Subscribe options

Select your newsletters:


Please enter your email address:

@

News & Media

Latest ITER Newsline

  • Fusion machines | The second-hand market

    Whatever their size, fusion devices are fine pieces of technology that are complex to design and expensive to build. As research progresses and experimental pro [...]

    Read more

  • Manufacturing in China | A set of clamps to resist all loads

    China is providing an extensive array of supports and clamps for ITER's superconducting magnet systems—in all, more than 1,600 tonnes of equipment. On 9 June, t [...]

    Read more

  • Power electronics | Coaxial cables arrive from Russia

    Thirty-eight reels of cable on 13 specially equipped trailers ... the recent convoy of electrotechnical equipment shipped by the Russian Domestic Agency was the [...]

    Read more

  • Conference|Lions and mammoths and cave bears—oh my!

    Separated by less than 200 kilometres in space—but by 36,000 years in time—the ITER Tokamak and the Chauvet Cave may seem to have little in common. But to scien [...]

    Read more

  • Neutral beam test facility | First ITER test bed enters operation

    For all those who had contributed to designing and building the world's largest negative ion source, it was a deeply symbolic moment. ITER Director-General Bern [...]

    Read more

Of Interest

See archived articles

Vacuum vessel in Europe

Assembling the puzzle

Five thousand tonnes of steel, dozens of "port" openings at three levels, interfaces with nearly every major system ... ITER's steel vacuum vessel is one of the largest-scale and most complex of the ITER "objects" to manufacture.

Assembly work is underway on one of the sub-segments of vacuum vessel sector #5. Vacuum vessel manufacturing is time-consuming and labour intensive due to the sheer volume of sub-elements, their unconventional shapes, and their size. (Click to view larger version...)
Assembly work is underway on one of the sub-segments of vacuum vessel sector #5. Vacuum vessel manufacturing is time-consuming and labour intensive due to the sheer volume of sub-elements, their unconventional shapes, and their size.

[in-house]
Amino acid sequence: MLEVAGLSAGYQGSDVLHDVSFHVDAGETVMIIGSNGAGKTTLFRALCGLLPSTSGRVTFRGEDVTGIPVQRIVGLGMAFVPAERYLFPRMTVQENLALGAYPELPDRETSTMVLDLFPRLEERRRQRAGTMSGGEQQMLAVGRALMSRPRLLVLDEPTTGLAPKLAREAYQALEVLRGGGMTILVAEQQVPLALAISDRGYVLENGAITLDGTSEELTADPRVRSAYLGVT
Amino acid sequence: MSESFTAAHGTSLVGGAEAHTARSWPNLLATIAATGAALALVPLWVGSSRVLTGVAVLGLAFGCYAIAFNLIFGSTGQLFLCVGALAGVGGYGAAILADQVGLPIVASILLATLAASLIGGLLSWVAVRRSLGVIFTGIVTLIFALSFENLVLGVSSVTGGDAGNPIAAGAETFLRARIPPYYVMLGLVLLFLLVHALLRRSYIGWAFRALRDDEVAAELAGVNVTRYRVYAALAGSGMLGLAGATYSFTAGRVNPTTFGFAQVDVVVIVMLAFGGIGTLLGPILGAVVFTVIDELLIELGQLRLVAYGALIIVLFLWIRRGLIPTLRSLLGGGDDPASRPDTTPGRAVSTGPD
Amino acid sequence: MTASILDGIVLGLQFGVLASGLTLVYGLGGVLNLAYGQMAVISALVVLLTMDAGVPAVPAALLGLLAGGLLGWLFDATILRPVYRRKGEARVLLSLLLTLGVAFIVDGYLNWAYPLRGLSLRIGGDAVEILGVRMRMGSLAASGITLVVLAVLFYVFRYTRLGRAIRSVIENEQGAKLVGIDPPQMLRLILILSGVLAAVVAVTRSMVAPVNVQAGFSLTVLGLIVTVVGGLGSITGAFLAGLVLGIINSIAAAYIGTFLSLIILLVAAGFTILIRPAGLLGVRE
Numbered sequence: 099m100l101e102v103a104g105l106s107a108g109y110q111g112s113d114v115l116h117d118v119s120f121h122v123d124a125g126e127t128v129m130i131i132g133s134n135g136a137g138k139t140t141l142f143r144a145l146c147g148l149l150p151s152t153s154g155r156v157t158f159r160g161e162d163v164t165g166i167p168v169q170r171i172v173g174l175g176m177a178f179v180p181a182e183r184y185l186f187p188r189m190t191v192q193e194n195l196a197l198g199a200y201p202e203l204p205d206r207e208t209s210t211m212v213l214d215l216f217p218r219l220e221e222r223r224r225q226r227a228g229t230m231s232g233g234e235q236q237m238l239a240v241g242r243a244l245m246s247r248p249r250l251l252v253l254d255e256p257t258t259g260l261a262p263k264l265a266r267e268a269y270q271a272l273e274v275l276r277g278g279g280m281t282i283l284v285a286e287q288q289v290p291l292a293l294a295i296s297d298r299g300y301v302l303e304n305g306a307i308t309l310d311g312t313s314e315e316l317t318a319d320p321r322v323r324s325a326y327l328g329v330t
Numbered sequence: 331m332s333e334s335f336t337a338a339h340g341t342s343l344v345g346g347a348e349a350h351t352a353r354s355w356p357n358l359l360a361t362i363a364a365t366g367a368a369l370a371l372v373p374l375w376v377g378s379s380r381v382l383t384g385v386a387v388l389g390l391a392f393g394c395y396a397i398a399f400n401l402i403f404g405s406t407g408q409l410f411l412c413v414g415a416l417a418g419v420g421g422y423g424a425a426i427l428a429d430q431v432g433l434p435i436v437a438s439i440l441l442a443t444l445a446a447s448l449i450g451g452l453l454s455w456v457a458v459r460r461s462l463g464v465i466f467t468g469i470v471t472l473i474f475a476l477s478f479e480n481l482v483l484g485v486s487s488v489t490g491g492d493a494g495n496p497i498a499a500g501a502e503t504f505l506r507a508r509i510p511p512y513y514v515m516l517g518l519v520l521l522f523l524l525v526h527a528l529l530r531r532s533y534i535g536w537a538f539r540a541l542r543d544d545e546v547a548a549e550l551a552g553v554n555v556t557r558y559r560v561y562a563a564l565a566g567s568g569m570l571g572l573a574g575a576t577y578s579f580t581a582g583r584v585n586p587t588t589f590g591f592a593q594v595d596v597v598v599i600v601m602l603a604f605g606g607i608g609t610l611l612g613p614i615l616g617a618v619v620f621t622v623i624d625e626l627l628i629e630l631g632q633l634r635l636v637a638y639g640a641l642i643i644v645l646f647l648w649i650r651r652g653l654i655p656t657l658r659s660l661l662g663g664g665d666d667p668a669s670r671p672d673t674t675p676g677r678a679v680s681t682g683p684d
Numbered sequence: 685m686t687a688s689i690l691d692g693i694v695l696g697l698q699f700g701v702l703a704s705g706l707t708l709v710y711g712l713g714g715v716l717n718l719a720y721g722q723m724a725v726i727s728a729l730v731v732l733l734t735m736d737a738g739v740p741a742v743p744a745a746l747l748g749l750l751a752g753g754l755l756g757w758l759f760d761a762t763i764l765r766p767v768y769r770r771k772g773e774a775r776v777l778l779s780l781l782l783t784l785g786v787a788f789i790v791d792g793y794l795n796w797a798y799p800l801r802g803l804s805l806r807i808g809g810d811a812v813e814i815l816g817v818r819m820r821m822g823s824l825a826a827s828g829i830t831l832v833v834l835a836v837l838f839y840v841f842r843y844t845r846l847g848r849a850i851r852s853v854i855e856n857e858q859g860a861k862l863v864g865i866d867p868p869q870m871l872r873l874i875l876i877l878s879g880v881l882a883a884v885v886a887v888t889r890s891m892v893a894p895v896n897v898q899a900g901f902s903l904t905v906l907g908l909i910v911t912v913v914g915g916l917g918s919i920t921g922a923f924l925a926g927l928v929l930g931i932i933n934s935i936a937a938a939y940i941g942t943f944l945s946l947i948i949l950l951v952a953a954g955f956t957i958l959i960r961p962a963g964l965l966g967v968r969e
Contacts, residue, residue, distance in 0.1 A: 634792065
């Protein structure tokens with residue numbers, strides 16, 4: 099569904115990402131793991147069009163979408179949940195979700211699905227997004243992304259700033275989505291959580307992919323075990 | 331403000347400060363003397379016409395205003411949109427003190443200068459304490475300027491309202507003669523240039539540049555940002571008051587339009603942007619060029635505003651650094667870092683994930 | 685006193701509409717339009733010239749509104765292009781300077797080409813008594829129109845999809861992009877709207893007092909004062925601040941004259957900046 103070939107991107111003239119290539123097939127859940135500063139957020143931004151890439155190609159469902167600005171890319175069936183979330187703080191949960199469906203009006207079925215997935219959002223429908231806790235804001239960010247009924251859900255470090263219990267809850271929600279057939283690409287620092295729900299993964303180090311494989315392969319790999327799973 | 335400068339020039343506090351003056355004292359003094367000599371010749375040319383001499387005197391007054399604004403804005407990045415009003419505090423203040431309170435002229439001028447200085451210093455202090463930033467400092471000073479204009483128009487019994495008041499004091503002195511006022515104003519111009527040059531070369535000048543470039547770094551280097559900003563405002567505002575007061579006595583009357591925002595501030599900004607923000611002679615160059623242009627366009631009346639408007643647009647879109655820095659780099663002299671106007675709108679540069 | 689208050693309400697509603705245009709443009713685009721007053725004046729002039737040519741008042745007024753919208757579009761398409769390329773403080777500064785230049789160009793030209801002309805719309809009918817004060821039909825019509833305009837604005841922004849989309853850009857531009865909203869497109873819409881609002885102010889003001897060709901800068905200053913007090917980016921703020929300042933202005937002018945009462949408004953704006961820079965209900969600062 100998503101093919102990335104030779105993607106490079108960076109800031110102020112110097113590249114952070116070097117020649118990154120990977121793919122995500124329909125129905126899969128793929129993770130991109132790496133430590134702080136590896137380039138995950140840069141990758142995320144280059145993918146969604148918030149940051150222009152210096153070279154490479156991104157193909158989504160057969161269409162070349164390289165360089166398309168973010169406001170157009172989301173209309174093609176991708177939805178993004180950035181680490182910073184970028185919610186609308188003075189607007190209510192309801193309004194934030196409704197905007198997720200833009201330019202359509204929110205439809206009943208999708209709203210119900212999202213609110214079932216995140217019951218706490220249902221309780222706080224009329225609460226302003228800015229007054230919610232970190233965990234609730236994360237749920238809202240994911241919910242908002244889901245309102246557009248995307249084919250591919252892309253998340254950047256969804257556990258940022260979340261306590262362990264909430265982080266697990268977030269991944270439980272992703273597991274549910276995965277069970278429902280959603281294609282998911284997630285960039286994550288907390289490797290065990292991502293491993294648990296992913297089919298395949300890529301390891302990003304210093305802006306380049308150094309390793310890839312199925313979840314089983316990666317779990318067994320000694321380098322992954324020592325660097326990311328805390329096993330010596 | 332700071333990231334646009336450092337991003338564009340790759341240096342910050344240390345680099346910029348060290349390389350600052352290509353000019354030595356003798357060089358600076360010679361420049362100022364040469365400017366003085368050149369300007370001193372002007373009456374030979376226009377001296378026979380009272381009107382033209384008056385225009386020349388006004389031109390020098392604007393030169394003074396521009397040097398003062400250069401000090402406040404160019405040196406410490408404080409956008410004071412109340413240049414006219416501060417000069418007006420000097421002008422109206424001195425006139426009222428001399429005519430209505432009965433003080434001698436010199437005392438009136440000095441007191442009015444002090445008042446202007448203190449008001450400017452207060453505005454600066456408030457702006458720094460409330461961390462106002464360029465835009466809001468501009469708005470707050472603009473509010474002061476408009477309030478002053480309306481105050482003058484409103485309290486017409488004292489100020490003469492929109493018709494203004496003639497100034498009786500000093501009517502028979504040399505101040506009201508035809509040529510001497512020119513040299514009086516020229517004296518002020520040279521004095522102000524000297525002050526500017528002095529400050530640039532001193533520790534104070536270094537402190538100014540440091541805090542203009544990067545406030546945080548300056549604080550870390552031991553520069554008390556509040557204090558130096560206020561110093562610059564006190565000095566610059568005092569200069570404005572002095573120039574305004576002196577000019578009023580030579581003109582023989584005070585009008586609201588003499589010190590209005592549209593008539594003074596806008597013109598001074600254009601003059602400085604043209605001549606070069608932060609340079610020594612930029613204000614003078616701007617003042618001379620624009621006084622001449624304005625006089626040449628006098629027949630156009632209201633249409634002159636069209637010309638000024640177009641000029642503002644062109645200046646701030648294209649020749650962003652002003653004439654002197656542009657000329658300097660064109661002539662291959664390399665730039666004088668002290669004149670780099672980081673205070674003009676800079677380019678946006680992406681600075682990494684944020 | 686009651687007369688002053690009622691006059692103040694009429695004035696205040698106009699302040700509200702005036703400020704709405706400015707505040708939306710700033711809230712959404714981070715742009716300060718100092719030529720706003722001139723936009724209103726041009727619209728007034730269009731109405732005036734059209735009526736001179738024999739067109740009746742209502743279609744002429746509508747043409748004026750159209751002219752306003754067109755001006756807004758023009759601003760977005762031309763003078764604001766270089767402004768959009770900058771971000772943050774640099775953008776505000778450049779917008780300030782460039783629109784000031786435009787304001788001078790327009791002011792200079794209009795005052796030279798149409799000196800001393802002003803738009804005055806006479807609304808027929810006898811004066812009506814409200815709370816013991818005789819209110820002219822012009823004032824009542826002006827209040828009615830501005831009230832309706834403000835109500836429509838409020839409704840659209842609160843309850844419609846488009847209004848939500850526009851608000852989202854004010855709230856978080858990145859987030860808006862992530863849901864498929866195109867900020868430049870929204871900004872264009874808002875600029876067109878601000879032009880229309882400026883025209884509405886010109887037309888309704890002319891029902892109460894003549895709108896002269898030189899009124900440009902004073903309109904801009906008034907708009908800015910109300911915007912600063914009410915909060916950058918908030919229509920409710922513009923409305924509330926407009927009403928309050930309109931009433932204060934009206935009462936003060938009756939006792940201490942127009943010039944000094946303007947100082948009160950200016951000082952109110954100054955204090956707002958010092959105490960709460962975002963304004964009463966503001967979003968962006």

In Europe, which is producing five of the nine vacuum vessel sectors, a consortium of industrial firms has divided out the tasks of manufacturing the many sub-elements of each sector, step-by-step assembly activities, and demanding welding and non-destructive examination stages.

With contractors and subcontractors located across Europe, the European vacuum vessel fabrication consortium (see more here) has sought to increase its manufacturing capacity. In a recent article on vacuum vessel manufacturing progress, the European Domestic Agency reports that all five sectors are now in some stage of fabrication, with sector #5—the first due on site according to the ITER machine assembly schedule—leading the pack.

European companies CNIM (France), ENSA (Spain), MAN (Germany), ProBeam (Germany), Belleli (Italy), Mangiarotti (Italy), Walter Tosto (Italy), and Ansaldo Nucleare (Italy) are all involved.

Vacuum vessel manufacturing is time-consuming and labour intensive due to the sheer volume of sub-elements, their unconventional shapes, and their size. At the end of the process, each sector will measure 6.5 metres high, 3 x 6 metres in width and depth, and weigh between 400 and 500 tonnes. Fabrication is a multiyear process that has involved multiple qualification phases before passing on to manufacturing design, material procurement, precise machining, and finally welding. Because the vacuum vessel and ports are classified as nuclear pressure equipment under French ESPN regulations, the welding and non-destructive examination activities are submitted to particularly stringent specifications.

For the European industries involved participation in such a high-profile and demanding manufacturing project has contributed to increasing their expertise and skill base, and improving their competitiveness on world markets. (See related article in this issue.)

Read the full article on the European Domestic Agency website here.


return to the latest published articles